Black Leaders Stress Importance of Diversity, Equity & Inclusion at Chamber Panel
Serious, proactive efforts at diversity, equity and inclusion are more important than ever, leaders from the Tuscaloosa area said at a panel dedicated to those subjects Wednesday afternoon.
The panel was the second event in the Chamber of Commerce of West Alabama's Next Level Series — seven different public forums scheduled between now and early April that seek to examine all aspects of life in the Tuscaloosa area through discussions with top leaders from the public, private and non-profit sectors.
Wednesday's discussion was moderated by Michele Coley, the only Black woman in Alabama to own and operate her own Allstate insurance agency.
Panel members included Kirk Ingram, the retail operations supervisor at Buffalo Rock; Cresandra Smothers, the Executive Director of Diversity and Inclusion and External Engagement at The University of Alabama; Danielle Kimbrough, a community relations manager at Alabama Power and Quin Kelly, an executive board member with the Building Bridges Institute for Racial Reconciliation.
Coley kicked off the discussion by saying that the idea of prioritizing diversity, equity and inclusion has been on the rise in the business world for the last several years as companies realized that more diverse voices and employees generally resulted in higher profitability.
That trend exploded, though, in the immediate aftermath of the death of George Floyd at the hands of the Minneapolis Police Department in May 2020. Coley called Floyd's death a marker in the sand and said diversity, equity and inclusion hires skyrocketed more than 100 percent in the months after the incident.
Each panel member discussed the steps their companies have taken and will take to bolster DE&I. Kirk said at Buffalo Rock, major efforts are underway to highlight and provide opportunities to minorities of all kinds, including Black people, women in a male-dominated field and military veterans.
Smothers said at the University, her entire division is dedicated to DE&I, from strengthening recruitment of minority students to improving life for minorities on campus and educating parents about modern life in the Deep South.
"I've personally had parents who said they were concerned about their [minority] child's safety and I had to assure them, this is not the University of 1956 when Autherine Lucy enrolled, this is not the University of 1963 and the Stand in the Schoolhouse Door, this is the University of today," Smothers said. "As part of today, we have to show how we're advancing and we have to reach out to people and show them that diversity, equity and inclusion does exist on our campus."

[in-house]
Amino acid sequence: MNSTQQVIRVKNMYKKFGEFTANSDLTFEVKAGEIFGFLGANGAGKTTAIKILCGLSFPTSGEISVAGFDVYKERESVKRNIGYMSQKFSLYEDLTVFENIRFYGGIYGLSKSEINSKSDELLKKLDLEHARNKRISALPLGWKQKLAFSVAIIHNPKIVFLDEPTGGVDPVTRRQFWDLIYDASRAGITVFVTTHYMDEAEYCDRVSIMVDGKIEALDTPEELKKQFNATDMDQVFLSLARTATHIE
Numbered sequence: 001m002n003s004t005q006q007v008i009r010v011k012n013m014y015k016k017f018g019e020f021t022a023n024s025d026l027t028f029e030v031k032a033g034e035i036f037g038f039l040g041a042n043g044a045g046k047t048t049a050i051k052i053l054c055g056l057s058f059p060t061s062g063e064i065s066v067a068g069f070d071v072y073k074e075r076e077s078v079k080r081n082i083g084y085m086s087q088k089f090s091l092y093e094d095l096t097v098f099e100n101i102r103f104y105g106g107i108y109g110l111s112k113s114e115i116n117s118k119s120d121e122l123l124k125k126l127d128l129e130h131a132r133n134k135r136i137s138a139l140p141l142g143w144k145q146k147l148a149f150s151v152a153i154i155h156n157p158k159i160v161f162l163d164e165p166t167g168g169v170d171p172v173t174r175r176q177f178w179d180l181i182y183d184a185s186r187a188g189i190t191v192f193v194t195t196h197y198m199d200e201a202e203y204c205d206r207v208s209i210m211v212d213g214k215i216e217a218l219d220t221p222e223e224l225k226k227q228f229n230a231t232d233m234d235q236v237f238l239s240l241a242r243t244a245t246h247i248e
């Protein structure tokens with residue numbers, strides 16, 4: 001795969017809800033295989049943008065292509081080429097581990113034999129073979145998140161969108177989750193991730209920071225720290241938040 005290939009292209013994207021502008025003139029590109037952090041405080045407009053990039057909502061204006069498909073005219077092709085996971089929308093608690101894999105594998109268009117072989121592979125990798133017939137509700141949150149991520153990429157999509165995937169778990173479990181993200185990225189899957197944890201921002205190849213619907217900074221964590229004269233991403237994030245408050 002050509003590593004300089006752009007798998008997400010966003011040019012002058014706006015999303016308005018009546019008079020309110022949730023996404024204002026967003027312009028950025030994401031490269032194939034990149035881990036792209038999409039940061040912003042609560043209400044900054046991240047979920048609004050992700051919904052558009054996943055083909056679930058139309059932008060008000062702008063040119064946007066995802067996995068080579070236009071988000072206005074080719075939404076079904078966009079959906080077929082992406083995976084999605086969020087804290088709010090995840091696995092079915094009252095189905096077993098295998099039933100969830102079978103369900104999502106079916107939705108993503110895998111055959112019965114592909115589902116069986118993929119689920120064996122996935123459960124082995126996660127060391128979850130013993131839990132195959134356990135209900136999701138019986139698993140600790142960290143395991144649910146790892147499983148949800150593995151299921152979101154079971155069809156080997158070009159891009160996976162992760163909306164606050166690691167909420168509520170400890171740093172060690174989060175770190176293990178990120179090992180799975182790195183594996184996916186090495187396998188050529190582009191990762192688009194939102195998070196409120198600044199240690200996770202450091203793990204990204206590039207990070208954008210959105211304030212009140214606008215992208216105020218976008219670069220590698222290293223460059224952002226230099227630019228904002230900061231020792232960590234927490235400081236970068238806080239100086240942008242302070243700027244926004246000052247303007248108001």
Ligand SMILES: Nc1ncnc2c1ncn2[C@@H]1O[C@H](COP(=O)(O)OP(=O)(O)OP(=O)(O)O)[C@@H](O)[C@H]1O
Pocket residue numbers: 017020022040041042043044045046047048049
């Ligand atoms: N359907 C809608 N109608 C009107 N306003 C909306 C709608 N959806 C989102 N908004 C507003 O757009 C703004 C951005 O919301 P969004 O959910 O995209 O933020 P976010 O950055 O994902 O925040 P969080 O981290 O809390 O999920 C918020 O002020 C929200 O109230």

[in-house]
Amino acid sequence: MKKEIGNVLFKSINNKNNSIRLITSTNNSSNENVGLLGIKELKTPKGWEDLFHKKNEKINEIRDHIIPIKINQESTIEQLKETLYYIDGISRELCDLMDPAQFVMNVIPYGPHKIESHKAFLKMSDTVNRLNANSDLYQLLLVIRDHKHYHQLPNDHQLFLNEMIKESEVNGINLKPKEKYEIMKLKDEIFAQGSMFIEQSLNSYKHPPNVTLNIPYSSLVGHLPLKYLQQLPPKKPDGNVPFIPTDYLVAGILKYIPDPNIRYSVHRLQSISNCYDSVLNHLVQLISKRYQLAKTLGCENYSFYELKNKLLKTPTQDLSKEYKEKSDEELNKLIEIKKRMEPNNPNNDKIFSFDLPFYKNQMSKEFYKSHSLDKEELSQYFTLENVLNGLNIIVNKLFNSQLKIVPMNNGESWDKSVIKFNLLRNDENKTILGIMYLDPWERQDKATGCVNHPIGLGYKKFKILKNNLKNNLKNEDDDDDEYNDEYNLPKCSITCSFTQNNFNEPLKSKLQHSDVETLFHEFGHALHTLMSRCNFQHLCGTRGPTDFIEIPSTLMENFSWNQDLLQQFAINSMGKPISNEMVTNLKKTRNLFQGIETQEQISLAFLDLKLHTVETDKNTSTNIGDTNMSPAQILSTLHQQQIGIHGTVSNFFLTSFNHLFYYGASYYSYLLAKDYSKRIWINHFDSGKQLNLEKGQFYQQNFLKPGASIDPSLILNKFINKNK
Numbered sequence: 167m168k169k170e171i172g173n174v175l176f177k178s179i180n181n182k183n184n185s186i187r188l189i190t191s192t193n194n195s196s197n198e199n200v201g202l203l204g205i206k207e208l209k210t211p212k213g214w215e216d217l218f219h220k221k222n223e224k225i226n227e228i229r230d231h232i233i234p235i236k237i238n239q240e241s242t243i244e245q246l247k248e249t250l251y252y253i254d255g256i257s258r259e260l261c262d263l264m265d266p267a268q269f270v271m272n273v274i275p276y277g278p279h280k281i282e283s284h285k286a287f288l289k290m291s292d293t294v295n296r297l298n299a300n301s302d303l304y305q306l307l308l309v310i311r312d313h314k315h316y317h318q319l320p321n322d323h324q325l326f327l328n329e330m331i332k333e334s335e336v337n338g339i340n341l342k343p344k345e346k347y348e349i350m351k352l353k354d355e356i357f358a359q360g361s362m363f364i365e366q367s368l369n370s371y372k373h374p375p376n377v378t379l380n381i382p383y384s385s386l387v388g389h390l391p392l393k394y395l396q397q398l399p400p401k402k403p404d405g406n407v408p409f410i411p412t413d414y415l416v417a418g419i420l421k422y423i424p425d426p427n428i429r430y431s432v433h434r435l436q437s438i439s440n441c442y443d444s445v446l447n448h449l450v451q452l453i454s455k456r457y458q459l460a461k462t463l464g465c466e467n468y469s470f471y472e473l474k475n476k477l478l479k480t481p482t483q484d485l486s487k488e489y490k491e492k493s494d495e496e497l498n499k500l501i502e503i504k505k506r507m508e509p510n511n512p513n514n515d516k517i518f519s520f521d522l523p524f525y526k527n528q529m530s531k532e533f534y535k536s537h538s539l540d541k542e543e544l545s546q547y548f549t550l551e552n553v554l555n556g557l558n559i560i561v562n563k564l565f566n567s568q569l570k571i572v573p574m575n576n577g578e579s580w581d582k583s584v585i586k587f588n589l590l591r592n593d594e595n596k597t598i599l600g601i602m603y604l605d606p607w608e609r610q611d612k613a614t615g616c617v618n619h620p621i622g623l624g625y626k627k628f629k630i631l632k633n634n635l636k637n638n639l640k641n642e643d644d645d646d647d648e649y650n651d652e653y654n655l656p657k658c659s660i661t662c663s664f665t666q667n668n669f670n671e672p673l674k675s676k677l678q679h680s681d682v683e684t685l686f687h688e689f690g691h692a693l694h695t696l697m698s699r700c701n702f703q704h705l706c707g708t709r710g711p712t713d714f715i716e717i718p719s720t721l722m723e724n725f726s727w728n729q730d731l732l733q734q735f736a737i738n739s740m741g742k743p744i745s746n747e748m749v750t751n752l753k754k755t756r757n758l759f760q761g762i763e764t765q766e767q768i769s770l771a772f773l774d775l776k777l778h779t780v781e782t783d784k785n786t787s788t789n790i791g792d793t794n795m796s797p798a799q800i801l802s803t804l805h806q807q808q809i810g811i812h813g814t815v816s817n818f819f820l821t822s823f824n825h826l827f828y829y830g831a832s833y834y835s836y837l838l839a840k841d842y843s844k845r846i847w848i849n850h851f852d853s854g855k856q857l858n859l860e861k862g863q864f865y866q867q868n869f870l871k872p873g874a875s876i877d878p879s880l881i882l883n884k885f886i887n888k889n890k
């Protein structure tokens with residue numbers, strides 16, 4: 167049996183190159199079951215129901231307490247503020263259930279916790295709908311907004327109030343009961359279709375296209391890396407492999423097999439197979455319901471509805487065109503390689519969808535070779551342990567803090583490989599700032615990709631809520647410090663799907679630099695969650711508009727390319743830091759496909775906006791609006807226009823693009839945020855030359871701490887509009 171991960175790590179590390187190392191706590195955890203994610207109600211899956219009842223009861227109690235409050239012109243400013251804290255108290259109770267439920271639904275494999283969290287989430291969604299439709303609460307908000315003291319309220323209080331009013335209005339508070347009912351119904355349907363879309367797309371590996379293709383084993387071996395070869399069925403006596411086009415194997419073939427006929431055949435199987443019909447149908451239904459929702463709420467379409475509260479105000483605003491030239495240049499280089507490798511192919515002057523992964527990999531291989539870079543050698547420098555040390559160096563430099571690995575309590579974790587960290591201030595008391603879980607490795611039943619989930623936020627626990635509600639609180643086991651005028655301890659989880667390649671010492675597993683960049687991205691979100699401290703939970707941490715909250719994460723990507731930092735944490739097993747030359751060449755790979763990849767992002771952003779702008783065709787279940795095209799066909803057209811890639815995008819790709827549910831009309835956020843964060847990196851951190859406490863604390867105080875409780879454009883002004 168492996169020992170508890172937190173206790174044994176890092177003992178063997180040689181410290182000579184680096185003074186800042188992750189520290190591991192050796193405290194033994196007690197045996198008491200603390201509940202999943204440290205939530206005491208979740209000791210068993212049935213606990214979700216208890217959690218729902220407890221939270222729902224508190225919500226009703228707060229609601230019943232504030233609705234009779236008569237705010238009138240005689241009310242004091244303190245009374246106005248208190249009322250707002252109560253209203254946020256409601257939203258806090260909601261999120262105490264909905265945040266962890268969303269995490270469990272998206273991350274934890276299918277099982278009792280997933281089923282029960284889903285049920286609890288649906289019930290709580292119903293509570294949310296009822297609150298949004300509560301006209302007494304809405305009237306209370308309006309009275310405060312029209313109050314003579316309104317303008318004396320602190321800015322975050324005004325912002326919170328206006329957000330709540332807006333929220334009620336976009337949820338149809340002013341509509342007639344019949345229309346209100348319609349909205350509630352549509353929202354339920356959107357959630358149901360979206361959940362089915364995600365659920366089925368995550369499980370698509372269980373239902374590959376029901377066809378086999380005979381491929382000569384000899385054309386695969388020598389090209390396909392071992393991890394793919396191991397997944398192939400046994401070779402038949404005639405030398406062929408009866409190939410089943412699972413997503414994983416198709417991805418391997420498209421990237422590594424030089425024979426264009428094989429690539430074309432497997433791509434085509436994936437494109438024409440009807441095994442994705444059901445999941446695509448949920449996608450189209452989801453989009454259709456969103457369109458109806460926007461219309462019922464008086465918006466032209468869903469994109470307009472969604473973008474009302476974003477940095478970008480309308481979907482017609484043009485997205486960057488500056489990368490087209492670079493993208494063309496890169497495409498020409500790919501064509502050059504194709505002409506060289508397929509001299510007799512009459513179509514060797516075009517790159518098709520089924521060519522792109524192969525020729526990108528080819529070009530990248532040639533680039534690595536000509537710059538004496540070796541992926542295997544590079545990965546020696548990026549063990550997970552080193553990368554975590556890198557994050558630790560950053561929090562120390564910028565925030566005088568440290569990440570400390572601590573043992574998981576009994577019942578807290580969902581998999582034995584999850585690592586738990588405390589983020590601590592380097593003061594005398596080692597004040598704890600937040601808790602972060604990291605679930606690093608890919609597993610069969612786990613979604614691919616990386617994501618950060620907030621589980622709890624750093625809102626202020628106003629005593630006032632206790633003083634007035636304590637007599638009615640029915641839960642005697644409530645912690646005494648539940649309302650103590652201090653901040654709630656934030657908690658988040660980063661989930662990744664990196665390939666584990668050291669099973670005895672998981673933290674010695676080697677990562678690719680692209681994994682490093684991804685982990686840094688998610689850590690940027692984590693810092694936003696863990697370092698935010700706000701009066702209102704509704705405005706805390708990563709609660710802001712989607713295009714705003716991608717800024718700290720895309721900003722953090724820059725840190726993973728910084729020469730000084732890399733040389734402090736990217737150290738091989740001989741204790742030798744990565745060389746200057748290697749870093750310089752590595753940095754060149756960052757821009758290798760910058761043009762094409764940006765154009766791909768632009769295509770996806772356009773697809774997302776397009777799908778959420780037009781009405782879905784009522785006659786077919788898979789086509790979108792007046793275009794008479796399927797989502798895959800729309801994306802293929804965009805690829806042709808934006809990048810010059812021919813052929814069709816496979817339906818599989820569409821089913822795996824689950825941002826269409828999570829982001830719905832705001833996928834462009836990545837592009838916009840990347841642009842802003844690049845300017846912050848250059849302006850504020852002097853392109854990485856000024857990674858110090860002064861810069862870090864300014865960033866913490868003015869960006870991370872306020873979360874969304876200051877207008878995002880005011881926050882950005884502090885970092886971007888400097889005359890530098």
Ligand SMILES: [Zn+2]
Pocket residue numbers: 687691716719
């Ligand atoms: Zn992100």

Kelly, a UA student and Tuscaloosa native, said the relatively new BBI4RR was founded specifically to examine these issues and make Tuscaloosa a better place to live for people of all backgrounds.
"We focus on race education, that's our whole goal," Kelly said. "We are an institute of learning for the topic of racism, we are a think tank about how to communicate, engage and find solutions together. We are a diverse group that loves Tuscaloosa — Roll Tide — and we want to be engaging and constructive, create a dialogue and learn how to problem-solve together."
Those goals may seem lofty, but the panel said they are necessary for the long-term growth and health of the Tuscaloosa area as demographics locally and nationally trend towards the continued growth of minority populations.
The end goal, the panel said, is not to exclude straight, white people from jobs or to give minorities some unfair advantage, but to ensure the playing field is level everywhere — during the hiring process, in advancement opportunities, consideration for leadership positions and more.
Kimbrough and others noted that these conversations may be uncomfortable, but they have to begin now as a younger, more colorful and less traditional generation increasingly demands DE&I from companies, governments and other institutions.
"Our companies can't be successful if we don't have DE&I and we don't have equity in opportunities for our employees," Kimbrough said. "That's what we need to be successful long-term and that's what society is requiring of us."
The Next Level Series will return next Wednesday at 3:30 with a conversation about area infrastructure moderated by Probate Judge Rob Robertson. Stay connected to the Tuscaloosa Thread for updates from that panel and the other four left in the Series.